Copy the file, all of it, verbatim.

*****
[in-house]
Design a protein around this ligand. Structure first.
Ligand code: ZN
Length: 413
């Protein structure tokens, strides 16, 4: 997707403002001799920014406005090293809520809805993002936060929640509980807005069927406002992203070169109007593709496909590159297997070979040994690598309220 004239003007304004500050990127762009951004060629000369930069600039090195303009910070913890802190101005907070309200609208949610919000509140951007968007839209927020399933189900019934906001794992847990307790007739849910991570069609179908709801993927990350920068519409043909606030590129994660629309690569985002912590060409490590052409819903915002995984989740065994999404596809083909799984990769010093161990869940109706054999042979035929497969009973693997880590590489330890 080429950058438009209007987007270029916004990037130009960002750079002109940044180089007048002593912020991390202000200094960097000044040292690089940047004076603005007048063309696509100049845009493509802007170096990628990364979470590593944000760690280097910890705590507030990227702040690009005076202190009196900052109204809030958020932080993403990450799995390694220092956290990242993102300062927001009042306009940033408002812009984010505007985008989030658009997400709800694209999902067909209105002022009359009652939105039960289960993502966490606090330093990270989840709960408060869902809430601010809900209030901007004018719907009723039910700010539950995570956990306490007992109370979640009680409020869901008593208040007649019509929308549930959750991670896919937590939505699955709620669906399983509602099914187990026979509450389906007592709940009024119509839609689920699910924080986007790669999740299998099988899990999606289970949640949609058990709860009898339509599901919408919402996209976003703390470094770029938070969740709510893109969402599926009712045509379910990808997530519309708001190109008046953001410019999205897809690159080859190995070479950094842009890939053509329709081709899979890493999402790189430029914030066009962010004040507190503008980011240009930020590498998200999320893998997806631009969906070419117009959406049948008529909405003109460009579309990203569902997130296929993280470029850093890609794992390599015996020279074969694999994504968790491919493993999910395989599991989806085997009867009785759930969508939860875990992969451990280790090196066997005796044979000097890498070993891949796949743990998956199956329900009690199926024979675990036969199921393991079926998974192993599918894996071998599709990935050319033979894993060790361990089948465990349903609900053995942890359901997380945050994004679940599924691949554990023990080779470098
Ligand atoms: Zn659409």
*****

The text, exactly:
[in-house]
Design a protein around this ligand. Structure first.
Ligand code: ZN
Length: 413
């Protein structure tokens, strides 16, 4: 997707403002001799920014406005090293809520809805993002936060929640509980807005069927406002992203070169109007593709496909590159297997070979040994690598309220 004239003007304004500050990127762009951004060629000369930069600039090195303009910070913890802190101005907070309200609208949610919000509140951007968007839209927020399933189900019934906001794992847990307790007739849910991570069609179908709801993927990350920068519409043909606030590129994660629309690569985002912590060409490590052409819903915002995984989740065994999404596809083909799984990769010093161990869940109706054999042979035929497969009973693997880590590489330890 080429950058438009209007987007270029916004990037130009960002750079002109940044180089007048002593912020991390202000200094960097000044040292690089940047004076603005007048063309696509100049845009493509802007170096990628990364979470590593944000760690280097910890705590507030990227702040690009005076202190009196900052109204809030958020932080993403990450799995390694220092956290990242993102300062927001009042306009940033408002812009984010505007985008989030658009997400709800694209999902067909209105002022009359009652939105039960289960993502966490606090330093990270989840709960408060869902809430601010809900209030901007004018719907009723039910700010539950995570956990306490007992109370979640009680409020869901008593208040007649019509929308549930959750991670896919937590939505699955709620669906399983509602099914187990026979509450389906007592709940009024119509839609689920699910924080986007790669999740299998099988899990999606289970949640949609058990709860009898339509599901919408919402996209976003703390470094770029938070969740709510893109969402599926009712045509379910990808997530519309708001190109008046953001410019999205897809690159080859190995070479950094842009890939053509329709081709899979890493999402790189430029914030066009962010004040507190503008980011240009930020590498998200999320893998997806631009969906070419117009959406049948008529909405003109460009579309990203569902997130296929993280470029850093890609794992390599015996020279074969694999994504968790491919493993999910395989599991989806085997009867009785759930969508939860875990992969451990280790090196066997005796044979000097890498070993891949796949743990998956199956329900009690199926024979675990036969199921393991079926998974192993599918894996071998599709990935050319033979894993060790361990089948465990349903609900053995942890359901997380945050994004679940599924691949554990023990080779470098
Ligand atoms: Zn659409």